Slipping my hand into my pocket for comfort, I found the Kathmandu wine bottle opener. Damn. I thought I'd put that on the Kristy's bench on Saturday night. Nice Michelle, really nice, go to your cousin's 30th birthday party and steal her exceptionally nice opener. It ended up in the pocket of my jacket because I'd cleverly purchased non-screw-top beer at the supermarket on the way to the party, so needed the tool close-at-hand at all times rather than walking back into the house each time I needed to open a bottle.
I left for Rotorua later than I intended on Saturday. It has been really hot and muggy here in Auckland, and finding the energy to tear myself away from The Secret Life of Plants was just too much effort. I was making good time until I passed through Tirau, where, due to a car accident, the road through to Rotorua was closed, and I had to backtrack and drive through Putararu and Tokoroa to get to my destination.
It was really nice seeing Kristy and Mark as always, and their friends, and parents. I haven't seen Kristy's mum and dad [Pat and Chris - my godparents] since they moved to Australia 5 years ago. So it was hugs and catching-ups all the way around. Kristy's 30th was distinctly different from her 21st. Besides her friends had grown up by 9 years or so, now several of them had babies - including Kristy - and they all drank a *lot* less, and went to bed a *lot* earlier. That's family life for you. Whereas at the 21st we had an avocado dip fight at 4:30am, all the guests had gone and we'd cleaned up by 11pm at the 30th. Such lovely people though, they let me talk about me continuously with hardly any complaint.
Kristy was born on December 17th, 1973. I was in Form One at McKillop College in Rotorua. It was a quietly industrious morning when I looked up to see my Grandfather peering through the window of my classroom, before stepping into the door and asking to see me. I was so excited when he told me, out in the corridor, that Aunty Pat had had her baby and it was a girl. It quickly turned to disappointment as I realised this great piece of news didn't mean I got to go home with him, and he deposited me back into my classroom.
I'd been going to Wellington for holidays with Pat and Chris since I was 9, but now I got to go stay with them in their new house and play with their new baby, and watch her grow into the cutest little extrovert of a child. And now she's 30 and has a beautiful daughter and a loving husband of her own.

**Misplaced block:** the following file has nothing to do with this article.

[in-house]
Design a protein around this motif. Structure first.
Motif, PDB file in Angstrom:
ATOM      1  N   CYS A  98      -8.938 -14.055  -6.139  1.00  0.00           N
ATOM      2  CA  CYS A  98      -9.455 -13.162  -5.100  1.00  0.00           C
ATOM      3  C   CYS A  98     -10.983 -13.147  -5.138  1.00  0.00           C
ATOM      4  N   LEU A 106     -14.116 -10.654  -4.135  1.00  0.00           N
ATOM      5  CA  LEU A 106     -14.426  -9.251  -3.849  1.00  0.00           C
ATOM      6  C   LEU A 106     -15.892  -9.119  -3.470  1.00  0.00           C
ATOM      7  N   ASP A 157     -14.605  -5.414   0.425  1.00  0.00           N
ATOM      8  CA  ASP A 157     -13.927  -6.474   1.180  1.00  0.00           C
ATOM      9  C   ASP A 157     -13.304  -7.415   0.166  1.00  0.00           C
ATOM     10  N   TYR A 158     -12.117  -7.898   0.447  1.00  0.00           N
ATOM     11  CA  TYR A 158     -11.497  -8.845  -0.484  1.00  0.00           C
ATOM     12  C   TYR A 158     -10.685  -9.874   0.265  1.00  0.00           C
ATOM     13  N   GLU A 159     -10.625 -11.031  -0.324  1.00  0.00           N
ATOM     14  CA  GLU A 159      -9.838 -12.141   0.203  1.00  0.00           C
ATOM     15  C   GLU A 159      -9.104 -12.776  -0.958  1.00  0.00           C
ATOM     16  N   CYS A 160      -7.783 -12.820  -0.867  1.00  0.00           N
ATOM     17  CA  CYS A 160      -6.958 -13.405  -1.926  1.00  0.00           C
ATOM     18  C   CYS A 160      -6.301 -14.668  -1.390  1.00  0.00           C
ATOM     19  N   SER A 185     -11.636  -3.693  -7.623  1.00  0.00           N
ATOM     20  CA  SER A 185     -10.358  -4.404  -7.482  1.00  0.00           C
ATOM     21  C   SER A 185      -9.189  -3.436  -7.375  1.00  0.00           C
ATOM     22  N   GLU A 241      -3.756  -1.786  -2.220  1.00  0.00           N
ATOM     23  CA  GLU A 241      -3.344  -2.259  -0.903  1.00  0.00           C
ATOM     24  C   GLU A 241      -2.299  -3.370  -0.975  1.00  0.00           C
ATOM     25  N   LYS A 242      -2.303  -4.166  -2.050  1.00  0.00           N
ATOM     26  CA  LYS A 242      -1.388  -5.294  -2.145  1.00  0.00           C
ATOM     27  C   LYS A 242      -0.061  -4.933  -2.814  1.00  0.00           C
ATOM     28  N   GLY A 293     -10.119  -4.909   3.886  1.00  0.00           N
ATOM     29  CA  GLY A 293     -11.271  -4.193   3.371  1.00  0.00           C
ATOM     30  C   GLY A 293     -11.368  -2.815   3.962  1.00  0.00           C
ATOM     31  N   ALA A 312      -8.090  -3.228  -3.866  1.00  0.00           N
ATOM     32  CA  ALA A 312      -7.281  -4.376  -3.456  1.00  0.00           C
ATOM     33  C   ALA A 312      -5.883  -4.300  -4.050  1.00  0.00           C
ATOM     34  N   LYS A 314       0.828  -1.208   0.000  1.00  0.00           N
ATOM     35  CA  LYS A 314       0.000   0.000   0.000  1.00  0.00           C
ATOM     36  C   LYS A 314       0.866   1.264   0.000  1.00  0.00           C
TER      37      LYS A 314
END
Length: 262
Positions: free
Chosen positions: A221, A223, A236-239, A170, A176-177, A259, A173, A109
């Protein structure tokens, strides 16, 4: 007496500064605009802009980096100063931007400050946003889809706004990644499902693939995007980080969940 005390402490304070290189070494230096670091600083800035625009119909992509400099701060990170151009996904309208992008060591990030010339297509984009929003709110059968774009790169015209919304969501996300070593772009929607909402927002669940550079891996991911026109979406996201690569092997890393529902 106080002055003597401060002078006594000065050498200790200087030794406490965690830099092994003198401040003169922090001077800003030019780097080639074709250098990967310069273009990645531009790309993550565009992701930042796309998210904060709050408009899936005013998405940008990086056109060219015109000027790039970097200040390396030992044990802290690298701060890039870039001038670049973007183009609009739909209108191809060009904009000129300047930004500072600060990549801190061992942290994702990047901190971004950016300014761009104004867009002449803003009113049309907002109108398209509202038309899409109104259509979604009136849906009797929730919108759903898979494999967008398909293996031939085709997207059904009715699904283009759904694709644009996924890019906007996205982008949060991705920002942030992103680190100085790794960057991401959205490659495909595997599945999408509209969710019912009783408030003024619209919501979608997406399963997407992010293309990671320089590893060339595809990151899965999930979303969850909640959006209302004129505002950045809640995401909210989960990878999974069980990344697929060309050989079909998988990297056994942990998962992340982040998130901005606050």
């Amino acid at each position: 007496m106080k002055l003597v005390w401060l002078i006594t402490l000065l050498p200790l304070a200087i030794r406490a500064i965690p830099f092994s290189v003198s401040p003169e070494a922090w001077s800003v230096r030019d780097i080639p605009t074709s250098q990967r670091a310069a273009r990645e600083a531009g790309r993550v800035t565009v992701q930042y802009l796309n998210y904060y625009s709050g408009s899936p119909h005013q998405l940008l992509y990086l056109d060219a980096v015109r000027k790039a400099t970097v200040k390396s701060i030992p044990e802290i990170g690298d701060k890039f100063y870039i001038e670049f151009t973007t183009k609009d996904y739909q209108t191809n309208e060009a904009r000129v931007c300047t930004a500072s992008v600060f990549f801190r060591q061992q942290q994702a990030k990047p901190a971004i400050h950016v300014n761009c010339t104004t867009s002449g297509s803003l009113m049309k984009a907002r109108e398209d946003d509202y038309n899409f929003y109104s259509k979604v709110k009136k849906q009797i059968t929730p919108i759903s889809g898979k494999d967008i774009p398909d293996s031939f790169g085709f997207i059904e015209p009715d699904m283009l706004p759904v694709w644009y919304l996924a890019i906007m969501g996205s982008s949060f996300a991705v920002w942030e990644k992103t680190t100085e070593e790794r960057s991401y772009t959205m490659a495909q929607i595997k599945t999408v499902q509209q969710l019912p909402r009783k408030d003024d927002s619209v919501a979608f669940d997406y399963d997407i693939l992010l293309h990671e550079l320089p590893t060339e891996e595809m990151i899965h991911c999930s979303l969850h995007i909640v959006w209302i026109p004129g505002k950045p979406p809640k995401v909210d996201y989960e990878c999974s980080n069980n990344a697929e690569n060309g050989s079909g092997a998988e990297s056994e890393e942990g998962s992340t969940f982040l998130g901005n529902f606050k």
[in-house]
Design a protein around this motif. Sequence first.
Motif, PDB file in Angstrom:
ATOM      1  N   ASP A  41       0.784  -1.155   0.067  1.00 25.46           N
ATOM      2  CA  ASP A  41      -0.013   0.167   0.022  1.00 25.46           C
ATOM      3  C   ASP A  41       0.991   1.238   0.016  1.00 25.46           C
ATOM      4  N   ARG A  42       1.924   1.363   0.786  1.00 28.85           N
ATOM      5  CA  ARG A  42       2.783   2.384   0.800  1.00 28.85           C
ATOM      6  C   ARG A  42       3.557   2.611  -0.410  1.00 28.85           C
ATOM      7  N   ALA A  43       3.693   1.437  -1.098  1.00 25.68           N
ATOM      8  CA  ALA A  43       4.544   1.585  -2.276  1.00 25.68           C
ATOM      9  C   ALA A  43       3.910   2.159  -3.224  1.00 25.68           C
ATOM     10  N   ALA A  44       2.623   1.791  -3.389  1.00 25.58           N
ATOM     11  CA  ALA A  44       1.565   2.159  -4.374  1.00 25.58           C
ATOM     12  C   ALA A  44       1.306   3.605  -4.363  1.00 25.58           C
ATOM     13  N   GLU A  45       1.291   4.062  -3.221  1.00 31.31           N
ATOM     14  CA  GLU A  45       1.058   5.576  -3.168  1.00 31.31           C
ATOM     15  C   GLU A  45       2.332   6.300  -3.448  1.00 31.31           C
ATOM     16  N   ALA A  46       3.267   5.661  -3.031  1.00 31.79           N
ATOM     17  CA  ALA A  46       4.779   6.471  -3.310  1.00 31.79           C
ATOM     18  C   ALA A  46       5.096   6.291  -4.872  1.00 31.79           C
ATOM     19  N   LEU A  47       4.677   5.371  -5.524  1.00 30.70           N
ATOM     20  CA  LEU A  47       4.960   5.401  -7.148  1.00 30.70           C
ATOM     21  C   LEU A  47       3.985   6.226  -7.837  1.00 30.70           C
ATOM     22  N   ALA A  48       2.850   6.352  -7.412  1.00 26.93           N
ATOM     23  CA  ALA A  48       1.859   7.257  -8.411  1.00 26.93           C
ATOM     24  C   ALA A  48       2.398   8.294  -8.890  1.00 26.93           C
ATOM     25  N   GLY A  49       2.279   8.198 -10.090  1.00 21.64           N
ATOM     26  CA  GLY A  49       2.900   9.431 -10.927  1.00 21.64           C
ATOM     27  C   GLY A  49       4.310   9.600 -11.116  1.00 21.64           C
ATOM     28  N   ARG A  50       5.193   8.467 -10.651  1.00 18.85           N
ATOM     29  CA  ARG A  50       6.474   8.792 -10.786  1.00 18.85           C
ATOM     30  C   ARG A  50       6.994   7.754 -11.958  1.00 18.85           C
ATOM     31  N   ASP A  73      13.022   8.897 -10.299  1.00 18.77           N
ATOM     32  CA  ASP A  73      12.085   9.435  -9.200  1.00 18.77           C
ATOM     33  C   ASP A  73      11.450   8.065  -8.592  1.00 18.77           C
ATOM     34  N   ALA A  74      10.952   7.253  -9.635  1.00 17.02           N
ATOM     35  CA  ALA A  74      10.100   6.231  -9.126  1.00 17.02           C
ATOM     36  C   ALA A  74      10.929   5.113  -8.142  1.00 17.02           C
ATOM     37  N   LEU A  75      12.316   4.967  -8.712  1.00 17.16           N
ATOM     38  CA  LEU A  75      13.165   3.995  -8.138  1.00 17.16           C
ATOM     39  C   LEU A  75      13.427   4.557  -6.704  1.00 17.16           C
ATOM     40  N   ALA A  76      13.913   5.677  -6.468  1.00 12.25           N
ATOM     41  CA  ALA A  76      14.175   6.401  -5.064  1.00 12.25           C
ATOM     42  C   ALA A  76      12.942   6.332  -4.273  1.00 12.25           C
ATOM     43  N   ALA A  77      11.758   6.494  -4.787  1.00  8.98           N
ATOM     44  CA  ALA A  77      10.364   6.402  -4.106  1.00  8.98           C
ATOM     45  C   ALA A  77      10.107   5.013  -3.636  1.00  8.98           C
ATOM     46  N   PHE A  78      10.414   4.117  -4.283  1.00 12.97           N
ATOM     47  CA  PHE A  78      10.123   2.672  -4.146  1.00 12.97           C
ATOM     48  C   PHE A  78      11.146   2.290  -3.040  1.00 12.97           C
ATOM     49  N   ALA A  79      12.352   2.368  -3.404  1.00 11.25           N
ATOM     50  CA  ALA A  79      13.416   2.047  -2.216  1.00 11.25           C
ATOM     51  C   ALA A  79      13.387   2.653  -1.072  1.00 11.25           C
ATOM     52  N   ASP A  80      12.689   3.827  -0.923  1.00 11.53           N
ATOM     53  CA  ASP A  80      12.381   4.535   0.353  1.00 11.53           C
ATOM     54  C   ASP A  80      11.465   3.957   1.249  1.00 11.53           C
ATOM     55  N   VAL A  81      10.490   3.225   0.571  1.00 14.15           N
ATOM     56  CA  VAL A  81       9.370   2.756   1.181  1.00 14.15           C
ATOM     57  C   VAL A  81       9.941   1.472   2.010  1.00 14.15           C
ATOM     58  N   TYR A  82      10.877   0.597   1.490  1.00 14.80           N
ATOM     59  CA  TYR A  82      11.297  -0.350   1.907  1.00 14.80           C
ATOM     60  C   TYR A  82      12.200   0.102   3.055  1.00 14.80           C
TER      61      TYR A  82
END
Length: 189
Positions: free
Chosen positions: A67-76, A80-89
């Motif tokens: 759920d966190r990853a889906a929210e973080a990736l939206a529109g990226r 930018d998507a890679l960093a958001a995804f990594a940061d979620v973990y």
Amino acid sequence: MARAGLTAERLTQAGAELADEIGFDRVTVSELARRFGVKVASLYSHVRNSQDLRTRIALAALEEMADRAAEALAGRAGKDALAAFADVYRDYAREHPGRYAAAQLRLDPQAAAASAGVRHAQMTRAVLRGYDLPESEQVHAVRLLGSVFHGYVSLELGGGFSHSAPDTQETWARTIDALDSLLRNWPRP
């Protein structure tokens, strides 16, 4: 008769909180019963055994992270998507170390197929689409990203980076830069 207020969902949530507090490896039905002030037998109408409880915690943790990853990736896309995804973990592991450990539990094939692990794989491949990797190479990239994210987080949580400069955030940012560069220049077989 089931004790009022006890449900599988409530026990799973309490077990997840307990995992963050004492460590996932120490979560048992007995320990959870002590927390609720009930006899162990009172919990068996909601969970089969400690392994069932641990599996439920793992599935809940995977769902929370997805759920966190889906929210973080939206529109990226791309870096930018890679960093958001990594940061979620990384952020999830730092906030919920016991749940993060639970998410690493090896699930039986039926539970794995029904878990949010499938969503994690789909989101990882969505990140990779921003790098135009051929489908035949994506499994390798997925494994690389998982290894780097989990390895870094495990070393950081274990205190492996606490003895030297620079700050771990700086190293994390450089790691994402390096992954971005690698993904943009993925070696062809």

I eased into Sunday with a lovely breakfast thanks to Aunty Pat. Pat and I sat around talking and listening with Emma and her baby daughter, Frances; and Kristy and her baby daughter, Ellen - before it was time for them to leave. I stayed most of the day with Kristy - going out to see Mark's new work mates and do a bit of shopping at the Craft Market before coming home to baby bathing and dinner.
Leaving a little after 7:30pm, the drive home was hard work. The rain and poor visibility meant it got a bit hairy sometimes with oncoming traffic and streams of cars too-close behind. I was pretty glad to crest the Bombay Hills and have the long, well-lit motorway taking me all the way home.
Here I am at work, Monday morning, with my cousin's wine bottle opener in my pocket, on another muggy, wet, Auckland day. Christmas isn't far away now, and it feels like all I can do to hang on until I can finish the work year. It's been a long, hard year workwise, and I've learned a lot about people, processes and business - both in how *to* do things and now *not* to do things. I get so wound up in work, it's not until I sink into Kristy's couch in her lovely home and remember how much I love my family and how little time I give to them compared to work.
My New Year's Resolution is to put a stop to that - to get my priorities straight - to make *work* more flexible around my *family* not the other way around. I will put an infrastructure in place to achieve that goal over the Christmas break.